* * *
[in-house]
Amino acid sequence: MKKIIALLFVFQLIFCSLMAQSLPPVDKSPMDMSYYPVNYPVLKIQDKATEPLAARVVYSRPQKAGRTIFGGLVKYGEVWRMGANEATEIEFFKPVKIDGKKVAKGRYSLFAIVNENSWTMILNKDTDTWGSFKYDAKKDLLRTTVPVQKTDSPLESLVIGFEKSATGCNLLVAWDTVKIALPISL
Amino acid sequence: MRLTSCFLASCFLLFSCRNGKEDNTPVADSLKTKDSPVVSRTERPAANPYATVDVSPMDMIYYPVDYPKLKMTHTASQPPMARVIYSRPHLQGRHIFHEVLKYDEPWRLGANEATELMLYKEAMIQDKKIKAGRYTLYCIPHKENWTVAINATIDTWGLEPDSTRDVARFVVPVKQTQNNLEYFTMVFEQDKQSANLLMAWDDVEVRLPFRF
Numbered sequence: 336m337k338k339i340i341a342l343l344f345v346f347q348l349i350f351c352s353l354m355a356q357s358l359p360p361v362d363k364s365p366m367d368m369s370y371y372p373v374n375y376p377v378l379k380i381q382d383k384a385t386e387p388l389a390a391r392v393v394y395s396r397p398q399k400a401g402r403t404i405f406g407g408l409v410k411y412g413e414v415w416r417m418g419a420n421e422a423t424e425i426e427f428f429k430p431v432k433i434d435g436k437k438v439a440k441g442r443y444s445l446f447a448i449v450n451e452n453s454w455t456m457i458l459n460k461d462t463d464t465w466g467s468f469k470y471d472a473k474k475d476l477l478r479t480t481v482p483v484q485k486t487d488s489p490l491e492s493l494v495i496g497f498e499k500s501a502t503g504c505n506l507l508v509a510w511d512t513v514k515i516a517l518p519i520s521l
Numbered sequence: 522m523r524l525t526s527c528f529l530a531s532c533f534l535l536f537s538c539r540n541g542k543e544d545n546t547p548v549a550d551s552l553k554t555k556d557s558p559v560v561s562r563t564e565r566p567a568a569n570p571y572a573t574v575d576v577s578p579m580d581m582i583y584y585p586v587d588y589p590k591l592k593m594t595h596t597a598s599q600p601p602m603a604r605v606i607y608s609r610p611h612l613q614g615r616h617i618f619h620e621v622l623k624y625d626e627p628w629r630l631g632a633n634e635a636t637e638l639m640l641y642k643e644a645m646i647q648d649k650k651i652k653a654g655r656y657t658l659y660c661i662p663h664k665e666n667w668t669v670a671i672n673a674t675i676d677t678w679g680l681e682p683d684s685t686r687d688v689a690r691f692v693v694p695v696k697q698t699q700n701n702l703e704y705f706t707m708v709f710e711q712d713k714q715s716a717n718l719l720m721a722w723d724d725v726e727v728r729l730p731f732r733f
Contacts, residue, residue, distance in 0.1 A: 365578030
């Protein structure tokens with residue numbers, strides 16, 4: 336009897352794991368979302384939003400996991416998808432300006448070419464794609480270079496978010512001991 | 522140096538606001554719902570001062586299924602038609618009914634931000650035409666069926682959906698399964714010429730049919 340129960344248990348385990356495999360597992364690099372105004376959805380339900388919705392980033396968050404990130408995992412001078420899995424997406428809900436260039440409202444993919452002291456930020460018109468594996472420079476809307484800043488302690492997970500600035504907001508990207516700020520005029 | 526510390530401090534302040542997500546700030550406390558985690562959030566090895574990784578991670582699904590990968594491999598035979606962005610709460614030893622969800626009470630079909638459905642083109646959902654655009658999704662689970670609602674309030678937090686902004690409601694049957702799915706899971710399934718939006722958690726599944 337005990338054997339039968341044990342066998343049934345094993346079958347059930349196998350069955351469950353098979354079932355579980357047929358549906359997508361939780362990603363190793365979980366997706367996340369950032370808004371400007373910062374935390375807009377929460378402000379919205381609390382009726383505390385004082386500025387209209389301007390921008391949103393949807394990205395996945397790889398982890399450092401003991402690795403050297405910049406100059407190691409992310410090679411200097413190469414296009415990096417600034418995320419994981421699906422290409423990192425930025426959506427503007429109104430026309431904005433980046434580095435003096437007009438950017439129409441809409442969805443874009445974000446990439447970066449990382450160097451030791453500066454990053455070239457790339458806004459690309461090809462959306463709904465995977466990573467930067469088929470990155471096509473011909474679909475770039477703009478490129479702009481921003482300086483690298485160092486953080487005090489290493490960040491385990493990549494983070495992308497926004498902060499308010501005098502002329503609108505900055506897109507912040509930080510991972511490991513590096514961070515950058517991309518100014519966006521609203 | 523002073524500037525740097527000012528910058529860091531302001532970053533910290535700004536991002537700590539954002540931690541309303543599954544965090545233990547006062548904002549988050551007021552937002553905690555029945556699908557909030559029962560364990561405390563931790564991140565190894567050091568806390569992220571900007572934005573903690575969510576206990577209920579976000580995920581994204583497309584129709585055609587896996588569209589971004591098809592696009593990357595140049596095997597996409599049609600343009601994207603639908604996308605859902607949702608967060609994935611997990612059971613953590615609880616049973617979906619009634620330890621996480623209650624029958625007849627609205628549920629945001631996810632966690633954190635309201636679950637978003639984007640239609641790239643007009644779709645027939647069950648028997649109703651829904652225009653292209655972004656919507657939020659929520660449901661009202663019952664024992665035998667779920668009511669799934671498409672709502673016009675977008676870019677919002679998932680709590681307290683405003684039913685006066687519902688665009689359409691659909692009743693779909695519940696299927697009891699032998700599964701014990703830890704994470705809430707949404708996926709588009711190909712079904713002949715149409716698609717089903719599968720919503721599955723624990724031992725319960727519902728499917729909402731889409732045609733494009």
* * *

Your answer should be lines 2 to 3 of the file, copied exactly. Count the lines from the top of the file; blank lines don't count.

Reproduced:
Amino acid sequence: MKKIIALLFVFQLIFCSLMAQSLPPVDKSPMDMSYYPVNYPVLKIQDKATEPLAARVVYSRPQKAGRTIFGGLVKYGEVWRMGANEATEIEFFKPVKIDGKKVAKGRYSLFAIVNENSWTMILNKDTDTWGSFKYDAKKDLLRTTVPVQKTDSPLESLVIGFEKSATGCNLLVAWDTVKIALPISL
Amino acid sequence: MRLTSCFLASCFLLFSCRNGKEDNTPVADSLKTKDSPVVSRTERPAANPYATVDVSPMDMIYYPVDYPKLKMTHTASQPPMARVIYSRPHLQGRHIFHEVLKYDEPWRLGANEATELMLYKEAMIQDKKIKAGRYTLYCIPHKENWTVAINATIDTWGLEPDSTRDVARFVVPVKQTQNNLEYFTMVFEQDKQSANLLMAWDDVEVRLPFRF